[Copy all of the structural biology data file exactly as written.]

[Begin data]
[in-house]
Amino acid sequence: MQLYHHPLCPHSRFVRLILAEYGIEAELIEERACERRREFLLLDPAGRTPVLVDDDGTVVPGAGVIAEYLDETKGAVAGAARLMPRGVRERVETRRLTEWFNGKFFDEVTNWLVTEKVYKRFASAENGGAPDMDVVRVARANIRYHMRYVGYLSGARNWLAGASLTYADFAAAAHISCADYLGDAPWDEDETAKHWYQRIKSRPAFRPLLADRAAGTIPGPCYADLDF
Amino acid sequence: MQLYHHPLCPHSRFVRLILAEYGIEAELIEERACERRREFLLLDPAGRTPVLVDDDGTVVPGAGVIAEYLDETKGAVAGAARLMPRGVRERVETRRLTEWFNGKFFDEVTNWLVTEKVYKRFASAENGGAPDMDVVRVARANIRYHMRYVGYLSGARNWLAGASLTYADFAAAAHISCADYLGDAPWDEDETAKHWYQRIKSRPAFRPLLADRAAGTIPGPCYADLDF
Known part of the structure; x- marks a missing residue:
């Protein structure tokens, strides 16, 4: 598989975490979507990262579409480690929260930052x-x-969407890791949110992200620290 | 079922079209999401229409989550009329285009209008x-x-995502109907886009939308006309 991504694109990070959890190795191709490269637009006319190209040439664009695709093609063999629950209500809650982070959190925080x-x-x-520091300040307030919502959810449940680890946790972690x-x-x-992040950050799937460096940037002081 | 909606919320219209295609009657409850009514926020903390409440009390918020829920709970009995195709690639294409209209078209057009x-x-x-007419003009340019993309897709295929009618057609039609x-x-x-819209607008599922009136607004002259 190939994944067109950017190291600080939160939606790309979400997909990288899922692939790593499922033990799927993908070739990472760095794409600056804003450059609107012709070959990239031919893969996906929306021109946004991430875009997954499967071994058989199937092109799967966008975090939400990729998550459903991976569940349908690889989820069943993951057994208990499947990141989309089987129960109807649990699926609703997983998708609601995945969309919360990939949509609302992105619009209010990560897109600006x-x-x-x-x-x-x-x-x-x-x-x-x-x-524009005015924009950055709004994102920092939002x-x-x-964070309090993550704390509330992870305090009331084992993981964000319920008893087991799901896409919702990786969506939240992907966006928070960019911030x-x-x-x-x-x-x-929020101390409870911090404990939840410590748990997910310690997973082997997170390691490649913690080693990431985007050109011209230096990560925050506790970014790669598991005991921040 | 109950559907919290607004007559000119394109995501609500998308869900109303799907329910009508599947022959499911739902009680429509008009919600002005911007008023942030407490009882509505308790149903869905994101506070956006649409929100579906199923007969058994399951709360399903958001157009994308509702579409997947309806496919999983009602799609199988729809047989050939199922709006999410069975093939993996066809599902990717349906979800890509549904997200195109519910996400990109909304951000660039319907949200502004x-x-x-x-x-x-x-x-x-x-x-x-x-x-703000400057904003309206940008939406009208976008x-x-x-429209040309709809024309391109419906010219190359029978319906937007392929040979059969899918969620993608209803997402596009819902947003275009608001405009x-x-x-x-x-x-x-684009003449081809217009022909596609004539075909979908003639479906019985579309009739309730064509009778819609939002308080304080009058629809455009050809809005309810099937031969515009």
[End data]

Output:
[in-house]
Amino acid sequence: MQLYHHPLCPHSRFVRLILAEYGIEAELIEERACERRREFLLLDPAGRTPVLVDDDGTVVPGAGVIAEYLDETKGAVAGAARLMPRGVRERVETRRLTEWFNGKFFDEVTNWLVTEKVYKRFASAENGGAPDMDVVRVARANIRYHMRYVGYLSGARNWLAGASLTYADFAAAAHISCADYLGDAPWDEDETAKHWYQRIKSRPAFRPLLADRAAGTIPGPCYADLDF
Amino acid sequence: MQLYHHPLCPHSRFVRLILAEYGIEAELIEERACERRREFLLLDPAGRTPVLVDDDGTVVPGAGVIAEYLDETKGAVAGAARLMPRGVRERVETRRLTEWFNGKFFDEVTNWLVTEKVYKRFASAENGGAPDMDVVRVARANIRYHMRYVGYLSGARNWLAGASLTYADFAAAAHISCADYLGDAPWDEDETAKHWYQRIKSRPAFRPLLADRAAGTIPGPCYADLDF
Known part of the structure; x- marks a missing residue:
């Protein structure tokens, strides 16, 4: 598989975490979507990262579409480690929260930052x-x-969407890791949110992200620290 | 079922079209999401229409989550009329285009209008x-x-995502109907886009939308006309 991504694109990070959890190795191709490269637009006319190209040439664009695709093609063999629950209500809650982070959190925080x-x-x-520091300040307030919502959810449940680890946790972690x-x-x-992040950050799937460096940037002081 | 909606919320219209295609009657409850009514926020903390409440009390918020829920709970009995195709690639294409209209078209057009x-x-x-007419003009340019993309897709295929009618057609039609x-x-x-819209607008599922009136607004002259 190939994944067109950017190291600080939160939606790309979400997909990288899922692939790593499922033990799927993908070739990472760095794409600056804003450059609107012709070959990239031919893969996906929306021109946004991430875009997954499967071994058989199937092109799967966008975090939400990729998550459903991976569940349908690889989820069943993951057994208990499947990141989309089987129960109807649990699926609703997983998708609601995945969309919360990939949509609302992105619009209010990560897109600006x-x-x-x-x-x-x-x-x-x-x-x-x-x-524009005015924009950055709004994102920092939002x-x-x-964070309090993550704390509330992870305090009331084992993981964000319920008893087991799901896409919702990786969506939240992907966006928070960019911030x-x-x-x-x-x-x-929020101390409870911090404990939840410590748990997910310690997973082997997170390691490649913690080693990431985007050109011209230096990560925050506790970014790669598991005991921040 | 109950559907919290607004007559000119394109995501609500998308869900109303799907329910009508599947022959499911739902009680429509008009919600002005911007008023942030407490009882509505308790149903869905994101506070956006649409929100579906199923007969058994399951709360399903958001157009994308509702579409997947309806496919999983009602799609199988729809047989050939199922709006999410069975093939993996066809599902990717349906979800890509549904997200195109519910996400990109909304951000660039319907949200502004x-x-x-x-x-x-x-x-x-x-x-x-x-x-703000400057904003309206940008939406009208976008x-x-x-429209040309709809024309391109419906010219190359029978319906937007392929040979059969899918969620993608209803997402596009819902947003275009608001405009x-x-x-x-x-x-x-684009003449081809217009022909596609004539075909979908003639479906019985579309009739309730064509009778819609939002308080304080009058629809455009050809809005309810099937031969515009």